From Philip Turner
At the Garrison Fort-Columbus 28th. July 1813.
To the Honble. James Madison Esqr president of the United States, The Head of the nation, where reigns silence & peace, a Confidential information of real and troublesome facts, some of our first officers in public service, posted at the most respectable posts, are not in manner and Conduct as they ought to be, they are imprudent, and not of our goverment, we are insulted by them, more or less every day, by telling us, you democrats, dont know how to Carry on a War, repeating every disaster with abuse, it is high time they were known, and a line drawn between the friend & foe, and they placed in front of Action, pushed on by the democrats bayonet, and sent to the devil their own way, hear you see, I grow mad, your excellency will excuse the mode of expression, these are the men that ought to suffer, I know them at this critical period to the prejudice of the public, a Brevet Genl. inimical, and a Lt. Colo. no better, Hypochondriac enthusiasts they ought to be sent to the lines and suffer accordingly, If, I find this, of any effect, my Name & services are the presidents, as it has been for many years, I dont mean to be in the dark, I am led on by duty, Genl. Armstrong an active Majr. Genl. of the field, Danel. Parker Esqr.1 his first Clerk in his stead at the War Office, who has the business before him, Genl. Lewis to the Command of the 3rd. district N: York, is the voice of the people, If the president wishes to know more of me, Mr. Gidn. Granger and Mr. Danel. Parker will inform him. I am the presidents Obt. Servt.
who wishes to have
his commission Issued &
sent on to him
1. Daniel Parker (1782–1846) graduated from Dartmouth College in 1801, read law, and opened a practice in Charlestown, Massachusetts. Sometime before the War of 1812, he moved to Washington to become chief clerk of the War Department. He was appointed adjutant and inspector general in 1814 and served in that capacity until 1821. In 1841 he returned to the War Department as chief clerk (Francis S. Drake, Dictionary of American Biography, Including Men of the Time … [Boston, 1879], 687; Daily National Intelligencer, 7 Apr. 1846).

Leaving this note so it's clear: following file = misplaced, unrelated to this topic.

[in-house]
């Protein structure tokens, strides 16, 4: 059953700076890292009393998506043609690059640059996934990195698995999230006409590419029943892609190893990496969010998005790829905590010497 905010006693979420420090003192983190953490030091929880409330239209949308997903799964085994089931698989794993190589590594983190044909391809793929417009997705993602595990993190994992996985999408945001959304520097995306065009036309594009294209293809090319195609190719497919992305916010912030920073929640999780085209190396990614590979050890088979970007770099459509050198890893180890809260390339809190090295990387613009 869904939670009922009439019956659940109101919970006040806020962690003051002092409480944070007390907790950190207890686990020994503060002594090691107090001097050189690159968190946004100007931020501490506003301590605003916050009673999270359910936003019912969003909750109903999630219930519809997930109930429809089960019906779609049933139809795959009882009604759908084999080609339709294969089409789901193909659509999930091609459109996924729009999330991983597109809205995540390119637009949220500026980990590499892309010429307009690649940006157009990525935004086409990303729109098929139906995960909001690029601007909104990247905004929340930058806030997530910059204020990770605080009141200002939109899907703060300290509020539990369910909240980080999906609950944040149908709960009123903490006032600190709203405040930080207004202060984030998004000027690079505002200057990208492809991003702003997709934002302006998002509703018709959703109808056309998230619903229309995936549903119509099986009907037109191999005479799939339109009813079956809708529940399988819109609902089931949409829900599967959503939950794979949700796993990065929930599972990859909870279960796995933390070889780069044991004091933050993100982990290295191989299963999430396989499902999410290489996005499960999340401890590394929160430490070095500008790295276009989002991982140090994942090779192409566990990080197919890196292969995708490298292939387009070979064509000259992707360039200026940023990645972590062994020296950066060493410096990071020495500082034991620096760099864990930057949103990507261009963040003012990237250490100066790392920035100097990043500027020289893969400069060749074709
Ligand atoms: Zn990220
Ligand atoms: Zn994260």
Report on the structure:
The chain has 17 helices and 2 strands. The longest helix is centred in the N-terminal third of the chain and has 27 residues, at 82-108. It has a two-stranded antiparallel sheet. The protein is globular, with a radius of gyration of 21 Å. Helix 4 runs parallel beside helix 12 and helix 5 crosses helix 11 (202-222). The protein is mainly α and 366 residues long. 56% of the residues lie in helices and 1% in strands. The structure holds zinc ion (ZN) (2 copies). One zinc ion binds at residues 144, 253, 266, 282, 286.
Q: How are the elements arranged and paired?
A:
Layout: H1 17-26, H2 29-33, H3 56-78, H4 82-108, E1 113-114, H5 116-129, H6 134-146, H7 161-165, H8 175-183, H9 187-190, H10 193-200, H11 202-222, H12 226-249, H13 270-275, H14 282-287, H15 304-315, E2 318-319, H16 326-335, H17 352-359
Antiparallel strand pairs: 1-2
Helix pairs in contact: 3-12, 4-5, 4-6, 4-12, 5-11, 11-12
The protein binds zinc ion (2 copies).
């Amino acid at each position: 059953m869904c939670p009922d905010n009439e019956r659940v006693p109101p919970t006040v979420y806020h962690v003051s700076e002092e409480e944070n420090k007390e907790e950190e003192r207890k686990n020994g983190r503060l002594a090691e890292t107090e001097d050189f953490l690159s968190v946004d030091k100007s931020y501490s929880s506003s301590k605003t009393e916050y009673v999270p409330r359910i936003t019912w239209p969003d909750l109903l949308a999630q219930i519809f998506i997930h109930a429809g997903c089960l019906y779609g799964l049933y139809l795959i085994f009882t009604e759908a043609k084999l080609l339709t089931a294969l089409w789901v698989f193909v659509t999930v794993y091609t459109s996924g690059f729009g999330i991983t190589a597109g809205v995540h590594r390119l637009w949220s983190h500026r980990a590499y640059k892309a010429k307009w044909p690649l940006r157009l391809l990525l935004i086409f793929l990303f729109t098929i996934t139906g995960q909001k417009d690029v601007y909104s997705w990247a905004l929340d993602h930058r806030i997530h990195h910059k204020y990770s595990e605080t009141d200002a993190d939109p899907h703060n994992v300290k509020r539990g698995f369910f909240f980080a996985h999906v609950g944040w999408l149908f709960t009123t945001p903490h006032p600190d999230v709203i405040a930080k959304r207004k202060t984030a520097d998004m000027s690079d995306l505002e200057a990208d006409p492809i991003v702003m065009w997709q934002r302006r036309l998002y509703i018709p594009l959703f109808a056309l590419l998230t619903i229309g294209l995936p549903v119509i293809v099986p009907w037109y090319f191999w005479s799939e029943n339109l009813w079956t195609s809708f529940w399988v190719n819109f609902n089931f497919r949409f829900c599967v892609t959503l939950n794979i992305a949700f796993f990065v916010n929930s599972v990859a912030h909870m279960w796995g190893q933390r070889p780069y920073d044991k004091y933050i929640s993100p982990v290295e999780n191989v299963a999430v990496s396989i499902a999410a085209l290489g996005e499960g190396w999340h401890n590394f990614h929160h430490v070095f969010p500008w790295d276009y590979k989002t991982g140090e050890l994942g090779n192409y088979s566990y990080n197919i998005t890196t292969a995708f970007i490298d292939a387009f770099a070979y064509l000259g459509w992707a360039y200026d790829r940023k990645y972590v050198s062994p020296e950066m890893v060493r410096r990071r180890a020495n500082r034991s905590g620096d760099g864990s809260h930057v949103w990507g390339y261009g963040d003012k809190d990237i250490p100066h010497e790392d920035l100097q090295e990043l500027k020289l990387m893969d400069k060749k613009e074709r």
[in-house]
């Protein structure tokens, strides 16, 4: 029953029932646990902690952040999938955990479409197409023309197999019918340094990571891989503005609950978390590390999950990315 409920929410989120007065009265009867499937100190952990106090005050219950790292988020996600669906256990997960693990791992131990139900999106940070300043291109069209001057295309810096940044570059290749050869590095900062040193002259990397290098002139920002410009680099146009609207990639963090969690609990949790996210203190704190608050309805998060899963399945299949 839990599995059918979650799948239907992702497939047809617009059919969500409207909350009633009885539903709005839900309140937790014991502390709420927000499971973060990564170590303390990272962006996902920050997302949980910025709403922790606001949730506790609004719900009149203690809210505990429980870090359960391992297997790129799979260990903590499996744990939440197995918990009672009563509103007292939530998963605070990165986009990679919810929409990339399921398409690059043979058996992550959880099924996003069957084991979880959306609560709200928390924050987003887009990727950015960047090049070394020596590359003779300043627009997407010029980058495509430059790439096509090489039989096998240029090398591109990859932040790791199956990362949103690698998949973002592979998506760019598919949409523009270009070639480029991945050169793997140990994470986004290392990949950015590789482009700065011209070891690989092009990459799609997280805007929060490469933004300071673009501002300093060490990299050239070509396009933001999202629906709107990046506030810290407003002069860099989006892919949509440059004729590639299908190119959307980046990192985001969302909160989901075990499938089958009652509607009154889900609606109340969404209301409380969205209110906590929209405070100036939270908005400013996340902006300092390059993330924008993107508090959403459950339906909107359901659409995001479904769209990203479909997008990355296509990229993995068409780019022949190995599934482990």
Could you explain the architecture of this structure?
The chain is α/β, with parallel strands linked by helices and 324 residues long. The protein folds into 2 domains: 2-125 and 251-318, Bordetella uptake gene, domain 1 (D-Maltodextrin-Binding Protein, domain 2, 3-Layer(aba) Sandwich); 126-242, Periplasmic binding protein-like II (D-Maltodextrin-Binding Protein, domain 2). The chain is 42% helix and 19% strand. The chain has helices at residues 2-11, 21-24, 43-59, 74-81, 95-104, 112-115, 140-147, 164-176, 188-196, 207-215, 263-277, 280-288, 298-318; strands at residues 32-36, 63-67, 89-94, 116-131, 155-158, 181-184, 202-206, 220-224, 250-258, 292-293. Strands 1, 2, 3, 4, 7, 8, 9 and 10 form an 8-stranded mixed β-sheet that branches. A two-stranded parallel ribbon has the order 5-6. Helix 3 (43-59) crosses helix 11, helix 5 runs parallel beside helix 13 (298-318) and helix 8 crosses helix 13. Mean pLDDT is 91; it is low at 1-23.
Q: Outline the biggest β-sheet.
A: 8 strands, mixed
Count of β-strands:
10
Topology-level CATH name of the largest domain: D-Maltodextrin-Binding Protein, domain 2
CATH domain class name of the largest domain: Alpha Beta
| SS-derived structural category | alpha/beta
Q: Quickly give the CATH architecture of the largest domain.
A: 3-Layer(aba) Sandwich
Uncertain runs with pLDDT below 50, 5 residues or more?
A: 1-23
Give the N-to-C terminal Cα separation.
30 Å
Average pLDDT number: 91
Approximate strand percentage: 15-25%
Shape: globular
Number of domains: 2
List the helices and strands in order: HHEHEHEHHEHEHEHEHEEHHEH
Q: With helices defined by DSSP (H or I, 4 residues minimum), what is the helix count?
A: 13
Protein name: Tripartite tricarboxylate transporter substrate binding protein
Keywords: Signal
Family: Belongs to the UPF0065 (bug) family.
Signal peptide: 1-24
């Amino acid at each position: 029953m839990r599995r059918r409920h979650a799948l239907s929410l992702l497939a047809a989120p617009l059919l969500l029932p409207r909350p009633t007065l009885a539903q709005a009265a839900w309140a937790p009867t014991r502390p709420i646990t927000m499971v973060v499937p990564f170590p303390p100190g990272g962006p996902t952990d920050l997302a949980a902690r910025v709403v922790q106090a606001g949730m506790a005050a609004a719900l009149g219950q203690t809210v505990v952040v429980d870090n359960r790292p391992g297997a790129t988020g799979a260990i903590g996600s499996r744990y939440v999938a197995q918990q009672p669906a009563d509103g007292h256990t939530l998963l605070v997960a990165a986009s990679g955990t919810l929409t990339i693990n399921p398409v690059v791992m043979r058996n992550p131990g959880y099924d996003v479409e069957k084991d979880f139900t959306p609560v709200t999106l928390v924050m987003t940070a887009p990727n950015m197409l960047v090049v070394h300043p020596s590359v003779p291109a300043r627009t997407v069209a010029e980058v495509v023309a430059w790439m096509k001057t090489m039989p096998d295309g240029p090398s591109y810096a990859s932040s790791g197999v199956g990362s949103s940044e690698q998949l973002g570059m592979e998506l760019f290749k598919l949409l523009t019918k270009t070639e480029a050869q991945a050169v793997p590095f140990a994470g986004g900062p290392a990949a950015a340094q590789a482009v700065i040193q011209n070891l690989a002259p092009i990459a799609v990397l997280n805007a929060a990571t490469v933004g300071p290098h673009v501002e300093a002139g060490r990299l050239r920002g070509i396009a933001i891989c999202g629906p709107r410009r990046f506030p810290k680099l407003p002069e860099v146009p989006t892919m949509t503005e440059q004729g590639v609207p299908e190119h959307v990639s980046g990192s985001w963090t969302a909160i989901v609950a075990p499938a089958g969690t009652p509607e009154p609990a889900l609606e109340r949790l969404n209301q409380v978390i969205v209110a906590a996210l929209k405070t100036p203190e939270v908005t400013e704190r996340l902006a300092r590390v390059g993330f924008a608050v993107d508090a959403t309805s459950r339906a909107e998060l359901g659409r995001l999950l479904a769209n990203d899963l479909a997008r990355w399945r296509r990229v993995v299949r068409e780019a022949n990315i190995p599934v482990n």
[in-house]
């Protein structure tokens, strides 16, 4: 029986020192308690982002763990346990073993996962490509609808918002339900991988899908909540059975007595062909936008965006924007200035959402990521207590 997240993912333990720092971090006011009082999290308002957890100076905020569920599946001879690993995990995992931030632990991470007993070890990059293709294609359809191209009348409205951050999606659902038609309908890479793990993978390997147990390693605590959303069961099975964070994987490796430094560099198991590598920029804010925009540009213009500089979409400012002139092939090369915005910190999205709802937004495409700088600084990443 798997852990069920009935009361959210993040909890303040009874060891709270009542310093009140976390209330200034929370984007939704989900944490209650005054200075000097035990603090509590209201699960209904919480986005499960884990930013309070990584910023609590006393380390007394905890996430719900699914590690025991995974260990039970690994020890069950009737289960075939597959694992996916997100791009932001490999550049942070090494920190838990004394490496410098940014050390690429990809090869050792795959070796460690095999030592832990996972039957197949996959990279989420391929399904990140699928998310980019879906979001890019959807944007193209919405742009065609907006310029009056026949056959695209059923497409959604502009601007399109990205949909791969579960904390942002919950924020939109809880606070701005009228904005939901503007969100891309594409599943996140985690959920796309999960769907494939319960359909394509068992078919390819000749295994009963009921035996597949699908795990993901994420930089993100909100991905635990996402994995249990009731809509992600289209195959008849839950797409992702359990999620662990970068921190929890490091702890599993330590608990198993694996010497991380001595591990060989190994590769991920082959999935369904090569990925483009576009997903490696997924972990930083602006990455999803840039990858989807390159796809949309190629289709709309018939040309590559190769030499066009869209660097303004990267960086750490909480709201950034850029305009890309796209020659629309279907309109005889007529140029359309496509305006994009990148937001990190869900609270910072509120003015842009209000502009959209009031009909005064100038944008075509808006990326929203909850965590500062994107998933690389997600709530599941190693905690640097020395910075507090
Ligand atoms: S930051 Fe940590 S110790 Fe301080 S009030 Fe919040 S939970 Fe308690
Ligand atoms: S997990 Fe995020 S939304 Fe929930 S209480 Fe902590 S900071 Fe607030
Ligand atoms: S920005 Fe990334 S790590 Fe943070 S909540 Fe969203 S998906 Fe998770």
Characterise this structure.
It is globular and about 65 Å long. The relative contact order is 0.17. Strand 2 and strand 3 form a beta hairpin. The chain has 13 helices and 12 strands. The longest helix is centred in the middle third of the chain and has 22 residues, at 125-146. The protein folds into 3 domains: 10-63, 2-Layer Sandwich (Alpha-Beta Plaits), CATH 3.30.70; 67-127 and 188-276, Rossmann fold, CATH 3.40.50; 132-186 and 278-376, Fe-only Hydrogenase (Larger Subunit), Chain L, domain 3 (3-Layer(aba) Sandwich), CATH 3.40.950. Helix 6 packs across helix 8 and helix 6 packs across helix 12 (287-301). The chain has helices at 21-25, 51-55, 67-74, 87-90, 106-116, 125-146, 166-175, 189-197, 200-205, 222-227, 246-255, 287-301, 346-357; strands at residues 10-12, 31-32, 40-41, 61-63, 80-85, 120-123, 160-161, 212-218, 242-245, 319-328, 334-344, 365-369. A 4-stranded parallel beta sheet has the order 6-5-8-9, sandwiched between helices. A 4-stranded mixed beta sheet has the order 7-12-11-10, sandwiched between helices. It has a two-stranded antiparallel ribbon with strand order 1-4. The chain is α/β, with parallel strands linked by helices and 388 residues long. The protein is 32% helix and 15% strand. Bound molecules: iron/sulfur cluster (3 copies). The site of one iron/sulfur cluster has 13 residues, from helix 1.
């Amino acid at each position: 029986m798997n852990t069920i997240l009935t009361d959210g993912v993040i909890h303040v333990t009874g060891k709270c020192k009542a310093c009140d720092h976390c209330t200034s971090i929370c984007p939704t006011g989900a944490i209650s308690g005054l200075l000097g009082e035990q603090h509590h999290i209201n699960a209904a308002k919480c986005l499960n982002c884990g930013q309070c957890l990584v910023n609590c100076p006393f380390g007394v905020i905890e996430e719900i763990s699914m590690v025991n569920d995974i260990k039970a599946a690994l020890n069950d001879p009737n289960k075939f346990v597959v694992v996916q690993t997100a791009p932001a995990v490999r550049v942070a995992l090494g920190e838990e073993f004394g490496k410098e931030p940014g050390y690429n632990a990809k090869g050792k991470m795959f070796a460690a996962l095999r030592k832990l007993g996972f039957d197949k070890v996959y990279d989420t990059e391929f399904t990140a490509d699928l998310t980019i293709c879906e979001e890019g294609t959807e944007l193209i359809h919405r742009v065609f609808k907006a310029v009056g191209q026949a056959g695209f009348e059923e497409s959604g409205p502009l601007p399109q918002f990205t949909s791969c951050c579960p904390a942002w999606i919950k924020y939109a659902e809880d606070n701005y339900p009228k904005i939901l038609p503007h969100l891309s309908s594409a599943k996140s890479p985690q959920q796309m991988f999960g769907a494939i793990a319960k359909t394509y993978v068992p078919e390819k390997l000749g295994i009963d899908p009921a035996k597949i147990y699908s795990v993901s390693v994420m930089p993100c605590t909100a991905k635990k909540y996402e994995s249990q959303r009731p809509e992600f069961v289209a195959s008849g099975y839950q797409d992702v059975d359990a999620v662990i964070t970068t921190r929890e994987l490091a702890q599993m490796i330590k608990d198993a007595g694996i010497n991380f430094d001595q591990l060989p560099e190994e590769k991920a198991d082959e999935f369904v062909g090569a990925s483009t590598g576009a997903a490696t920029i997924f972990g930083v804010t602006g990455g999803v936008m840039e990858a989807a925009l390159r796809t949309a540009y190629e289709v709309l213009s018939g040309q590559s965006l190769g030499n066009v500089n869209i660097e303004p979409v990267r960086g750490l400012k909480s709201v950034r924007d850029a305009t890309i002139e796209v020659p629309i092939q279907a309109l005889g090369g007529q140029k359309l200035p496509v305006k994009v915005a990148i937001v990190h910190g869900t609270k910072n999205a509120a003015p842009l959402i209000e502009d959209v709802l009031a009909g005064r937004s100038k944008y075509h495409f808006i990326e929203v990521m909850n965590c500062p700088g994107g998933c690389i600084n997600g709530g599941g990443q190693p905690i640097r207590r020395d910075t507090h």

2. Philip Turner (1740–1815), a native of Norwich, Connecticut, received medical training there from his foster father, Dr. Elisha Tracy, and served as a surgeon’s mate during the French and Indian War. He returned to Norwich and opened a general and surgical practice, joined Connecticut troops at the beginning of the Revolutionary War, and in 1777 received an appointment in the Continental Army as surgeon general of hospitals in New York and New England. Retiring from this position in 1781, Turner resumed private practice in Norwich. In 1800 he moved to New York and began a campaign to receive compensation for his services during the Revolution; Congress granted his claim in 1808. He was appointed a surgeon’s mate in 1802 but not assigned to a post until 1809, when he was sent first to Ellis Island and then to Fort Columbus on Governor’s Island. In February 1813 the Senate confirmed Turner’s nomination as surgeon in the First Regiment of Artillery, but with the given name of Peter rather than Philip. Despite Parker’s assurance that the mistake would be corrected and the commission sent, and despite Turner’s frequent reminders to government officials, he never received his commission (Charles B. Graves, “Dr. Philip Turner of Norwich, Connecticut,” Annals of Medical History 10 : 1–24).